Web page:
Author Topic: P2PL / Prosper  (Read 3703 times)

smella

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P2PL / Prosper
« on: January 07, 2016, 07:21:42 AM »
First of all, I'm sure there are many threads on this already, but with the forum's search function still broken, here I am.

I currently have a lot invested in the market, both etfs and individual stocks, but still have about 10k liquid left to put somewhere.  With the market being what it is, I'm looking for some better options.   Anyone experienced with using Prosper or similar p2pl platforms?   I'm specifically interested in hearing about negative experiences, since what I've read online so far makes it sound too good to be true. 

My idea is to skip finding my existing IRA in 2016 and put that 5.5k in a prosper account, since I did read that the taxes rate on earnings is steep.

matchewed

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Re: P2PL / Prosper
« Reply #1 on: January 07, 2016, 08:01:56 AM »
First of all why would you pay more taxes to invest in a subpar investment? I don't know your tax rate but let's assume it's 15%. Then for every 1000 earned you would need to pay 150. That leaves you with 750 to invest. Already a 15% shave. With a traditional IRA you get to get that 15% back. With P2P lending you do not. Maxing tax advantaged accounts is a good thing.

Secondly most P2P lending has been taken over by people w/ software. You can't compete with that. So don't try.

Using google to search individual websites -

Type in google search site:forum.mrmoneymustache.com "your search term"

https://www.google.com/?gws_rd=ssl#safe=off&q=site:forum.mrmoneymustache.com+prosper
https://www.google.com/?gws_rd=ssl#safe=off&q=site:forum.mrmoneymustache.com+p2p


HeadedWest2029

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Re: P2PL / Prosper
« Reply #2 on: January 07, 2016, 08:16:26 AM »
I use Prosper and have had good results, but I would agree with the reply above and max out your tax advantaged accounts first.  Prosper will trigger taxes at your federal tax rate.  I've been using Prosper for about a year so not a huge sample size, but so far I have a 12.79% seasoned return (I invest in mostly risky loans, spread out over 126 notes).  So far I've had 2 charged off notes, 1 sold note after it went into collections, and 3 currently past 31 days due which are probably going to get charged off too.  I only invested 5k so I'm viewing this more as a fun experiment with some decent upside, but make no mistake P2P lending is risky...probably riskier than stocks in some ways.  Right now we are in a period of relatively low unemployment, but if we have a 2008 situation again it could get ugly.  If you do go down this road, I recommend some backtesting to create an optimal filter and setup automatic reinvestment while limiting your investment in any one note to $50 max.  You can do some backtesting here https://www.nsrplatform.com/#!/stats/prosper .  I think P2P lending can be an interesting way to diversify, but it shouldn't be a huge portion of your portfolio and only used after maxing 401k, IRA's, HSA (if applicable), etc first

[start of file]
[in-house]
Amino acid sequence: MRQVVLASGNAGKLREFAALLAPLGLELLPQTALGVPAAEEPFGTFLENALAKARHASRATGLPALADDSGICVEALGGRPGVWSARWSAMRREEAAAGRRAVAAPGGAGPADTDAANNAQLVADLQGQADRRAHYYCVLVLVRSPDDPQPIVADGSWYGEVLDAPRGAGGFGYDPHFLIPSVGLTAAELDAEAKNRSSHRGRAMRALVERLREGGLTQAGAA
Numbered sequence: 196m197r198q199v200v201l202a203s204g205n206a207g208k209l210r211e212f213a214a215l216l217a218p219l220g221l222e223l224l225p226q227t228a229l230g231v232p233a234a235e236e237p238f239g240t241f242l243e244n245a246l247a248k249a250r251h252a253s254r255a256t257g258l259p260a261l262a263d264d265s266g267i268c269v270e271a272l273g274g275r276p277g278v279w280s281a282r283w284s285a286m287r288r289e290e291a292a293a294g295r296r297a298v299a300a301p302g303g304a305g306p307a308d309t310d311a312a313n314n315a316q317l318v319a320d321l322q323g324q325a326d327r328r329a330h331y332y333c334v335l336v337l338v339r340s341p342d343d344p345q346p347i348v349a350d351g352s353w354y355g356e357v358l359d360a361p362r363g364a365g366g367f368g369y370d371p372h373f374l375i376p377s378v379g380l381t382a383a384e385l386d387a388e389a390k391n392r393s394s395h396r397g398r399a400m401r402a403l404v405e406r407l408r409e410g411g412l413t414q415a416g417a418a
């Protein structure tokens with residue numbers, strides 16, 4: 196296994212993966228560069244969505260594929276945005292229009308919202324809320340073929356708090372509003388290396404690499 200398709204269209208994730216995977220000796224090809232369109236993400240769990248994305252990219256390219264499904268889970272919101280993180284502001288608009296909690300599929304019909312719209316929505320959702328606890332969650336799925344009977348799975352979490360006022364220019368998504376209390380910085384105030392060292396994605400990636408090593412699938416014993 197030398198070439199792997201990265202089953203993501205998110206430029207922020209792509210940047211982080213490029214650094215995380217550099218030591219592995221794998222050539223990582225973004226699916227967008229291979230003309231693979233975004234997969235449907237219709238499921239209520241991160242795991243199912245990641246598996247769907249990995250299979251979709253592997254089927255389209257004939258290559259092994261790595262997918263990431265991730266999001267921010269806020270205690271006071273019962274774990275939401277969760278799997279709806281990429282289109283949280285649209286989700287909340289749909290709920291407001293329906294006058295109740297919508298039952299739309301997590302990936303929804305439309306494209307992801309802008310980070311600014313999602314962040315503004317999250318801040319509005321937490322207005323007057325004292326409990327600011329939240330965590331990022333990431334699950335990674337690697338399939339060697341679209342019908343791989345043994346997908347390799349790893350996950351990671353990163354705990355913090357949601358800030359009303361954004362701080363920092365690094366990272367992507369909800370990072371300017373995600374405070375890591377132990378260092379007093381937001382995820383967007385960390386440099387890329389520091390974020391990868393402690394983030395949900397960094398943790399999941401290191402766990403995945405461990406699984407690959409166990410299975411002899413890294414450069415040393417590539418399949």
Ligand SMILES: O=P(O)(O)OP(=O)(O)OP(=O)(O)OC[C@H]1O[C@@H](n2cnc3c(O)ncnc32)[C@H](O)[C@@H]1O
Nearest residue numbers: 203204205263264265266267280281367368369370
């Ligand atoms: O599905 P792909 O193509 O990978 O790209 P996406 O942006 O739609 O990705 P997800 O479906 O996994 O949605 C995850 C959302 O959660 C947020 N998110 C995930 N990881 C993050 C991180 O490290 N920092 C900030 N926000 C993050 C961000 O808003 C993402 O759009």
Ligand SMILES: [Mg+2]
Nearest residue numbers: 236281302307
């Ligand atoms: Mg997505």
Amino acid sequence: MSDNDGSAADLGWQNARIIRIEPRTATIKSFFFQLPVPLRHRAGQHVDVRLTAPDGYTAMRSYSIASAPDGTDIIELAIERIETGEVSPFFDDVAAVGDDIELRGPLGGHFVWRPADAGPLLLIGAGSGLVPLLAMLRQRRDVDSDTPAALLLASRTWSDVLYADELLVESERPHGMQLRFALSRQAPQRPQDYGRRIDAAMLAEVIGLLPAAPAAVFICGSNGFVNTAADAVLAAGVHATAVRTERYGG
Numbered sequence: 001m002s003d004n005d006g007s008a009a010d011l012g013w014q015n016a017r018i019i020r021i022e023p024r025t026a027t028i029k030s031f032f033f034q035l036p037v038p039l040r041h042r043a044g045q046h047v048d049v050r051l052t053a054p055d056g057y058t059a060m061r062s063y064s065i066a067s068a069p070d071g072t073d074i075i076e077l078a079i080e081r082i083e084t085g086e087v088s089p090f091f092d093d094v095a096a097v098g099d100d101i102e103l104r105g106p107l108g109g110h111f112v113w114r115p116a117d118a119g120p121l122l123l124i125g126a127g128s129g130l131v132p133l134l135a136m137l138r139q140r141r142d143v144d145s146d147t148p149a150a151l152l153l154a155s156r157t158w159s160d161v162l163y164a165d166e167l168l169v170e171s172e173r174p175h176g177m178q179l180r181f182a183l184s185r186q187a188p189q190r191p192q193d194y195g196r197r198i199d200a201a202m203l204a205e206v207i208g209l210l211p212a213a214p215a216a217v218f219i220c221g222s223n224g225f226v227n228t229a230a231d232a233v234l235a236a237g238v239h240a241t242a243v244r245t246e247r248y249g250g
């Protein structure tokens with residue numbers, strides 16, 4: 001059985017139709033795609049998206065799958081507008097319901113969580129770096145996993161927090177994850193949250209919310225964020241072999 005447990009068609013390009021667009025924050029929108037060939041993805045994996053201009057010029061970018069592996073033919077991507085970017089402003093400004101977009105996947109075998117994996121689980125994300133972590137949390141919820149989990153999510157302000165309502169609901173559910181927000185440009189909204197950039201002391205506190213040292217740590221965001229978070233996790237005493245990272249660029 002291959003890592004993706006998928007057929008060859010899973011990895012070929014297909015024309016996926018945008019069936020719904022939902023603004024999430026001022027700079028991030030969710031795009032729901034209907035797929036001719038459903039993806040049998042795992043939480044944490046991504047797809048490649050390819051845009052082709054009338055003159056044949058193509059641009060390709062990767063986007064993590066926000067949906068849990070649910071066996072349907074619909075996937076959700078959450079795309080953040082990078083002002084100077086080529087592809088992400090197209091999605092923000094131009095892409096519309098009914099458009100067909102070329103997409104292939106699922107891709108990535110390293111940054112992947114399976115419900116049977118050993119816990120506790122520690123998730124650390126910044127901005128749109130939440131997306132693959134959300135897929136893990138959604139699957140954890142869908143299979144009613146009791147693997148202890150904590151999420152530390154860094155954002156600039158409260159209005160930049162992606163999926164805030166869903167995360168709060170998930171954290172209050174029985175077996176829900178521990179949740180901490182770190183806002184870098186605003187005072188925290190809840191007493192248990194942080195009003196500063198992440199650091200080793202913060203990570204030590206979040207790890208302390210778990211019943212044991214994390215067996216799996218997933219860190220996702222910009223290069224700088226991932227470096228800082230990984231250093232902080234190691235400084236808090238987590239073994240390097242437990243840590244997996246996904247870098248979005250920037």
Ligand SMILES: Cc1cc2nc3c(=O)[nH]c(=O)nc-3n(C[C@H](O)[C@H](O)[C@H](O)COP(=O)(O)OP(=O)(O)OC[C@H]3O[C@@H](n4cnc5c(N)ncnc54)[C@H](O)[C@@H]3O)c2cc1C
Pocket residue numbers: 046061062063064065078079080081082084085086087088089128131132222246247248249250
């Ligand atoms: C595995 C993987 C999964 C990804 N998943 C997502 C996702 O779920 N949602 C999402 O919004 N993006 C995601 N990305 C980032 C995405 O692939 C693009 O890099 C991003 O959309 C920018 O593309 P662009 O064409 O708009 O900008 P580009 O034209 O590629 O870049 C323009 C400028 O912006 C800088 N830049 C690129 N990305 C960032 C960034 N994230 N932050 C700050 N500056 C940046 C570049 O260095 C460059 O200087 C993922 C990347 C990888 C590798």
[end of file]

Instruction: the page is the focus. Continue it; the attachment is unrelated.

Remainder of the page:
Aphalite

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Re: P2PL / Prosper
« Reply #3 on: January 07, 2016, 08:24:57 AM »
With the market being what it is

Seems like the market is not a bad deal right now, having burned off some of its excess valuation, why avoid it when it's going down and get in while its going up?

HeadedWest2029

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Re: P2PL / Prosper
« Reply #4 on: January 07, 2016, 08:25:39 AM »
FYI, this is my criteria on Prosper based on backtesting.  Warning: super risky, partially mitigated by diversification across 126 loans, but not for the faint of heart.  Adjust according to your risk tolerance </end disclaimer>

Scandium

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Re: P2PL / Prosper
« Reply #5 on: January 07, 2016, 08:42:57 AM »
FYI, this is my criteria on Prosper based on backtesting.  Warning: super risky, partially mitigated by diversification across 126 loans, but not for the faint of heart.  Adjust according to your risk tolerance </end disclaimer>

wow. So you're mainly lending to finance people's vehicles, engagement rings and vacations. No doesn't sound risky at all :P Just insane to me that anyone would take a high-interest loan to pay for something so non-essential

Curious why you'd leave out loans for boob-jobs, that one sounds like a winner..? *sarcasm. Although that might lead to increased income if they're a stripper or something..